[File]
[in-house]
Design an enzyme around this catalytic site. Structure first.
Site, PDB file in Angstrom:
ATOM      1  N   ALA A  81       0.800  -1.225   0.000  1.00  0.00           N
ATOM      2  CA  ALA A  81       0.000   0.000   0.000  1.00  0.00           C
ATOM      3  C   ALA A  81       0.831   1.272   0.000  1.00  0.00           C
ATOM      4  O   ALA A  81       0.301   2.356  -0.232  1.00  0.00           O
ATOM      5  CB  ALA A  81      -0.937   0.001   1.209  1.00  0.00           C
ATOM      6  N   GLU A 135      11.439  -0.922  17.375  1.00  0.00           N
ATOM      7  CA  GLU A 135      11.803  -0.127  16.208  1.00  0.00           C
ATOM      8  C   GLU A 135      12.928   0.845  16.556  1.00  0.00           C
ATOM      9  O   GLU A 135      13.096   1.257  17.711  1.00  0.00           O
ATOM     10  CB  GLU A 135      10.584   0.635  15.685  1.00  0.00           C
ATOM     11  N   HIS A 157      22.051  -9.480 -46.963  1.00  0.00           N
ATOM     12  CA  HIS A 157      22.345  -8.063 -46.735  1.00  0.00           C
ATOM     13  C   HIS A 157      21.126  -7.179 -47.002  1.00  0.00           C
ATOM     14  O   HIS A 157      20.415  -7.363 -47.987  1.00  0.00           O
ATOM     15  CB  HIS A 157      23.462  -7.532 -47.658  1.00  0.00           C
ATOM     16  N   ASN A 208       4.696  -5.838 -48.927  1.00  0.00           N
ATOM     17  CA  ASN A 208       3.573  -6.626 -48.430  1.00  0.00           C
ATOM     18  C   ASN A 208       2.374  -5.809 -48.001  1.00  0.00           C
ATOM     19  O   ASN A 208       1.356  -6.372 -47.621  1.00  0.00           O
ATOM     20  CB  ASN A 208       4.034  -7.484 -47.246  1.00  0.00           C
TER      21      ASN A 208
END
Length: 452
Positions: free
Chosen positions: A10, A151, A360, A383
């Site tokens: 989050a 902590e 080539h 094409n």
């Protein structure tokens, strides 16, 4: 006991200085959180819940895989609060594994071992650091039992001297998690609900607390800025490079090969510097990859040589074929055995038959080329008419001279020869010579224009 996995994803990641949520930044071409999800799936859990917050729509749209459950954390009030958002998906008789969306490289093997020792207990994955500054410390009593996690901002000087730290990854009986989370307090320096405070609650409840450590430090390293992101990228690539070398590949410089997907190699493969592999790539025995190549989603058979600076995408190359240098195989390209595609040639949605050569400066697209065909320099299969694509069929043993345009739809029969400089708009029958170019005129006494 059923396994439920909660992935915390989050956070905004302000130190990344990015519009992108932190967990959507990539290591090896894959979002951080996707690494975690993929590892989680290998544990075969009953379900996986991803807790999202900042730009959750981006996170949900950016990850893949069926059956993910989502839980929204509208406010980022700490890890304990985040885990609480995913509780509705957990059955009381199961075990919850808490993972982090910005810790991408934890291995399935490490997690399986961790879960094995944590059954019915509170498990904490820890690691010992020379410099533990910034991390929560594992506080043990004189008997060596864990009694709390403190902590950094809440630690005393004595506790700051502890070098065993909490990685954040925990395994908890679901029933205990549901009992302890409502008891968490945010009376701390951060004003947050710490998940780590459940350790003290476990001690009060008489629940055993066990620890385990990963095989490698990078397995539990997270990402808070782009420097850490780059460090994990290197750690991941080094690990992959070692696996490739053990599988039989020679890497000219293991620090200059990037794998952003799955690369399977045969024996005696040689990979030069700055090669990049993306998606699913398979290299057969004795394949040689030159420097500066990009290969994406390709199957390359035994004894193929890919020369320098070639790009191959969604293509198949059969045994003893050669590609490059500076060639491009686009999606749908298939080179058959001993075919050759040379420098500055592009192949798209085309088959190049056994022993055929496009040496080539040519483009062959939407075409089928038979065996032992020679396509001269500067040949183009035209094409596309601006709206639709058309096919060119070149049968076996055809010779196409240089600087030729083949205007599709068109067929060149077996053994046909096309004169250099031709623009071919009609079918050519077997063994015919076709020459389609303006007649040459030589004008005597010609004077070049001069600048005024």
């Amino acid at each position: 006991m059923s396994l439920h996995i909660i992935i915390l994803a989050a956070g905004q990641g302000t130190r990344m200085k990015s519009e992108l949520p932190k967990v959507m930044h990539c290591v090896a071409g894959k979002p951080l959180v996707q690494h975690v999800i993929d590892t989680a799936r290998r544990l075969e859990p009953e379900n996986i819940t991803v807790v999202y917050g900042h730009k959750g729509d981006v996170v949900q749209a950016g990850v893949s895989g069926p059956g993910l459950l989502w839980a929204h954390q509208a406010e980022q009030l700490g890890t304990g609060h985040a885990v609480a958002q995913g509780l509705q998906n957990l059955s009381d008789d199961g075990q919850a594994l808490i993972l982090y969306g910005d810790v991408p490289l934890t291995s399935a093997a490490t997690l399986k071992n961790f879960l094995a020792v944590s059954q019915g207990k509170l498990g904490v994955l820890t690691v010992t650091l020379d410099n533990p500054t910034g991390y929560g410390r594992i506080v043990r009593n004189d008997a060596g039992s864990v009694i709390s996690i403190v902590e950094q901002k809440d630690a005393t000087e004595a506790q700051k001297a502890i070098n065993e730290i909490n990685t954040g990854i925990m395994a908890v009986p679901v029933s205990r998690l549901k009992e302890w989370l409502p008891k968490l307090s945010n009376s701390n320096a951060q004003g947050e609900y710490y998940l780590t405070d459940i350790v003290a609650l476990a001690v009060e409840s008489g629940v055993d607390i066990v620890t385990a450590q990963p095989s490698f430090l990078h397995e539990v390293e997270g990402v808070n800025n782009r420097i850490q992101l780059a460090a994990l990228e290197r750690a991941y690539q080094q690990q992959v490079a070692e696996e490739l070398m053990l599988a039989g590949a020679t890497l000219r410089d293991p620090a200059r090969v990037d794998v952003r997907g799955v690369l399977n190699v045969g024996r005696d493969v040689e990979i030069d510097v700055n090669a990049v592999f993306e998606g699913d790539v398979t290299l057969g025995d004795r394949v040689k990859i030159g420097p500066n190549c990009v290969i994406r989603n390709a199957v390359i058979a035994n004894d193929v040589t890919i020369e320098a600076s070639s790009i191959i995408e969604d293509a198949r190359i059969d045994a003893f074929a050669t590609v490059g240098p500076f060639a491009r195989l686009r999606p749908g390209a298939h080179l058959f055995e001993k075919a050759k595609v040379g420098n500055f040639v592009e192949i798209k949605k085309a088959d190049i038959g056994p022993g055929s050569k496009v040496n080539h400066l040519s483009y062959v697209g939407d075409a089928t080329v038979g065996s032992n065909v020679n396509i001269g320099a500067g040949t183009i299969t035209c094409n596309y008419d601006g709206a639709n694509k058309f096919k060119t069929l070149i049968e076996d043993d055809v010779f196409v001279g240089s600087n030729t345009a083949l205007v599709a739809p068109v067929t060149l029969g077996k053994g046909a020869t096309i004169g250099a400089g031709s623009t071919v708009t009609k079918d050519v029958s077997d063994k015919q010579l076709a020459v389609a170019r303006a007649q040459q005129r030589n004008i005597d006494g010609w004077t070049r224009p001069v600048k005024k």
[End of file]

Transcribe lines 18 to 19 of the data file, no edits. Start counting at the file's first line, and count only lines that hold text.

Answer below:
ATOM     15  CB  HIS A 157      23.462  -7.532 -47.658  1.00  0.00           C
ATOM     16  N   ASN A 208       4.696  -5.838 -48.927  1.00  0.00           N